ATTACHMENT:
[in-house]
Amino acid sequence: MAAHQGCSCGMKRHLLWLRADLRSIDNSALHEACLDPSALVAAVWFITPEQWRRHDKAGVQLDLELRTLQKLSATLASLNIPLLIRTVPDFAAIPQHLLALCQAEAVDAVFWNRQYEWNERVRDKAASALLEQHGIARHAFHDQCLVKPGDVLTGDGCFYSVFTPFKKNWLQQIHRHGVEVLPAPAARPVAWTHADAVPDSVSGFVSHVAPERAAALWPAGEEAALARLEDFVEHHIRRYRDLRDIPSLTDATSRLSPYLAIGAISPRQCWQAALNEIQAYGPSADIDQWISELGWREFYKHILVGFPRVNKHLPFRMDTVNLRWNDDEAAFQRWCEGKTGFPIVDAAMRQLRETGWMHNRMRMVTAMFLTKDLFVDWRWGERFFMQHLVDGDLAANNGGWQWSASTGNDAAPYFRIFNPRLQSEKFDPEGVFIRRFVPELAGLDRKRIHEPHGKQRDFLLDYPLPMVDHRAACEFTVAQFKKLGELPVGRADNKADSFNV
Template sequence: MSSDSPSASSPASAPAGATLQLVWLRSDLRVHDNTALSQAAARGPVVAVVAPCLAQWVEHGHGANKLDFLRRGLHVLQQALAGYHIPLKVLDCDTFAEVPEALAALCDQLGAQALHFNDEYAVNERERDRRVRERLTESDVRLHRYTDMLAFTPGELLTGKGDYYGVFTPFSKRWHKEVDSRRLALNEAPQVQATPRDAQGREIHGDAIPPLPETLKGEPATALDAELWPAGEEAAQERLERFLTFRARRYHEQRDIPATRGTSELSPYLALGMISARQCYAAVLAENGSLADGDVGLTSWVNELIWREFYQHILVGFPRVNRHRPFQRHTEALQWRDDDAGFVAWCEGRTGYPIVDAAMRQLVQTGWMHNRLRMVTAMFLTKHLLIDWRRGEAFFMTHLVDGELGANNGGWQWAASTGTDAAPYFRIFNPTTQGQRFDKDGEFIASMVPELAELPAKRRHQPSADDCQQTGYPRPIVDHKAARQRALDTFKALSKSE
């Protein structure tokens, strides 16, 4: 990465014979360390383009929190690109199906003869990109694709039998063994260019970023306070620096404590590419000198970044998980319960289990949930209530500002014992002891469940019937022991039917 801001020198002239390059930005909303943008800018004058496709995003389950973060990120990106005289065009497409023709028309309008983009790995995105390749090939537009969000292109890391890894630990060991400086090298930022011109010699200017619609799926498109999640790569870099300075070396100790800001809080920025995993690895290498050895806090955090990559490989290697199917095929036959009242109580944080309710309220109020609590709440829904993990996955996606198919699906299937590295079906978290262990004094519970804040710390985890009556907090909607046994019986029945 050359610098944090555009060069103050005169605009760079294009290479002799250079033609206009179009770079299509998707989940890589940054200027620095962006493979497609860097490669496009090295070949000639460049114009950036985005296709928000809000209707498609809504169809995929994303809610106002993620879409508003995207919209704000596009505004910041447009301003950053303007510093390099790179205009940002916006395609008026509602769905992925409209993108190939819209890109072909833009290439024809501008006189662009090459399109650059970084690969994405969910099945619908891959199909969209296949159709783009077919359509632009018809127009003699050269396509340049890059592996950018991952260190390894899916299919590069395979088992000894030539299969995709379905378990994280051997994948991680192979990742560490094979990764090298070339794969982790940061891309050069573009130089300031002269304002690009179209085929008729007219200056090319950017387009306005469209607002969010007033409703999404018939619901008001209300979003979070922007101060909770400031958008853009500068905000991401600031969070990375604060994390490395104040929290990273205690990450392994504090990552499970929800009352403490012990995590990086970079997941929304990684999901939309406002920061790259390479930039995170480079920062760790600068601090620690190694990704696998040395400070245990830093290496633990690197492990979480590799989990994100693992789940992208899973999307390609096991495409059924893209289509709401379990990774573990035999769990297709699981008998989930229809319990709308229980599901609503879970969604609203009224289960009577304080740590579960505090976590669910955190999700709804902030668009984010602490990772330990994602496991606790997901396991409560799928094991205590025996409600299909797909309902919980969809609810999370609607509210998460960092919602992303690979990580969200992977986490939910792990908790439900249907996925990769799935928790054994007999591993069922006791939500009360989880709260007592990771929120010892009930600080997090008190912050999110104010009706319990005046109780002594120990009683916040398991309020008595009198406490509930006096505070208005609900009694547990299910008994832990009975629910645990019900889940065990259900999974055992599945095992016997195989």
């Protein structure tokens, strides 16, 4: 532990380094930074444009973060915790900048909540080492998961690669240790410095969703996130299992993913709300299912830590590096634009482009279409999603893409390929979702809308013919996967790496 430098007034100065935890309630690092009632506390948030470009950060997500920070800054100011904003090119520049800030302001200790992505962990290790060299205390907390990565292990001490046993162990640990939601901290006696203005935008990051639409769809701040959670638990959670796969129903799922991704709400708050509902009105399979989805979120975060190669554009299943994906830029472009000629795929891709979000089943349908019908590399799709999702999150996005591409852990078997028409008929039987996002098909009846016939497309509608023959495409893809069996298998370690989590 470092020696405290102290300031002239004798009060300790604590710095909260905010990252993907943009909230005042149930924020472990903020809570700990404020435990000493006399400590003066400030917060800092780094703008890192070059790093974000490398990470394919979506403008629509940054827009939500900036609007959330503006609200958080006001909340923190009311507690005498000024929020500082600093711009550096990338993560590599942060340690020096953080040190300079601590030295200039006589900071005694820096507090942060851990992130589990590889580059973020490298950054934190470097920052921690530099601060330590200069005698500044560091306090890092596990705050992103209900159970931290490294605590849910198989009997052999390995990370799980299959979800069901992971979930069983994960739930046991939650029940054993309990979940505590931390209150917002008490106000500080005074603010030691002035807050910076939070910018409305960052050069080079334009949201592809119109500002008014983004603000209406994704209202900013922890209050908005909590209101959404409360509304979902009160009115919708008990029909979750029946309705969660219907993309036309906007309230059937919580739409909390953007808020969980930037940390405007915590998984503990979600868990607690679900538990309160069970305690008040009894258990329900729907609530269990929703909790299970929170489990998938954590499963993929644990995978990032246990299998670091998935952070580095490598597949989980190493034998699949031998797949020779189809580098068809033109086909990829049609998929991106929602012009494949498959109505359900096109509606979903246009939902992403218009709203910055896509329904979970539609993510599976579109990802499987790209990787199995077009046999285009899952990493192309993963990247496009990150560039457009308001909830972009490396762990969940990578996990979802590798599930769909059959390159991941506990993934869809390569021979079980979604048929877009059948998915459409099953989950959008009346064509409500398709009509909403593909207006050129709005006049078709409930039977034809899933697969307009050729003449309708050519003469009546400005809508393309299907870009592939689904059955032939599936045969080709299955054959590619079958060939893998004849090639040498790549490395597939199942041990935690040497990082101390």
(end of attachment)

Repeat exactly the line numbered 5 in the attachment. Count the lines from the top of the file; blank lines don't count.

């Protein structure tokens, strides 16, 4: 532990380094930074444009973060915790900048909540080492998961690669240790410095969703996130299992993913709300299912830590590096634009482009279409999603893409390929979702809308013919996967790496 430098007034100065935890309630690092009632506390948030470009950060997500920070800054100011904003090119520049800030302001200790992505962990290790060299205390907390990565292990001490046993162990640990939601901290006696203005935008990051639409769809701040959670638990959670796969129903799922991704709400708050509902009105399979989805979120975060190669554009299943994906830029472009000629795929891709979000089943349908019908590399799709999702999150996005591409852990078997028409008929039987996002098909009846016939497309509608023959495409893809069996298998370690989590 470092020696405290102290300031002239004798009060300790604590710095909260905010990252993907943009909230005042149930924020472990903020809570700990404020435990000493006399400590003066400030917060800092780094703008890192070059790093974000490398990470394919979506403008629509940054827009939500900036609007959330503006609200958080006001909340923190009311507690005498000024929020500082600093711009550096990338993560590599942060340690020096953080040190300079601590030295200039006589900071005694820096507090942060851990992130589990590889580059973020490298950054934190470097920052921690530099601060330590200069005698500044560091306090890092596990705050992103209900159970931290490294605590849910198989009997052999390995990370799980299959979800069901992971979930069983994960739930046991939650029940054993309990979940505590931390209150917002008490106000500080005074603010030691002035807050910076939070910018409305960052050069080079334009949201592809119109500002008014983004603000209406994704209202900013922890209050908005909590209101959404409360509304979902009160009115919708008990029909979750029946309705969660219907993309036309906007309230059937919580739409909390953007808020969980930037940390405007915590998984503990979600868990607690679900538990309160069970305690008040009894258990329900729907609530269990929703909790299970929170489990998938954590499963993929644990995978990032246990299998670091998935952070580095490598597949989980190493034998699949031998797949020779189809580098068809033109086909990829049609998929991106929602012009494949498959109505359900096109509606979903246009939902992403218009709203910055896509329904979970539609993510599976579109990802499987790209990787199995077009046999285009899952990493192309993963990247496009990150560039457009308001909830972009490396762990969940990578996990979802590798599930769909059959390159991941506990993934869809390569021979079980979604048929877009059948998915459409099953989950959008009346064509409500398709009509909403593909207006050129709005006049078709409930039977034809899933697969307009050729003449309708050519003469009546400005809508393309299907870009592939689904059955032939599936045969080709299955054959590619079958060939893998004849090639040498790549490395597939199942041990935690040497990082101390």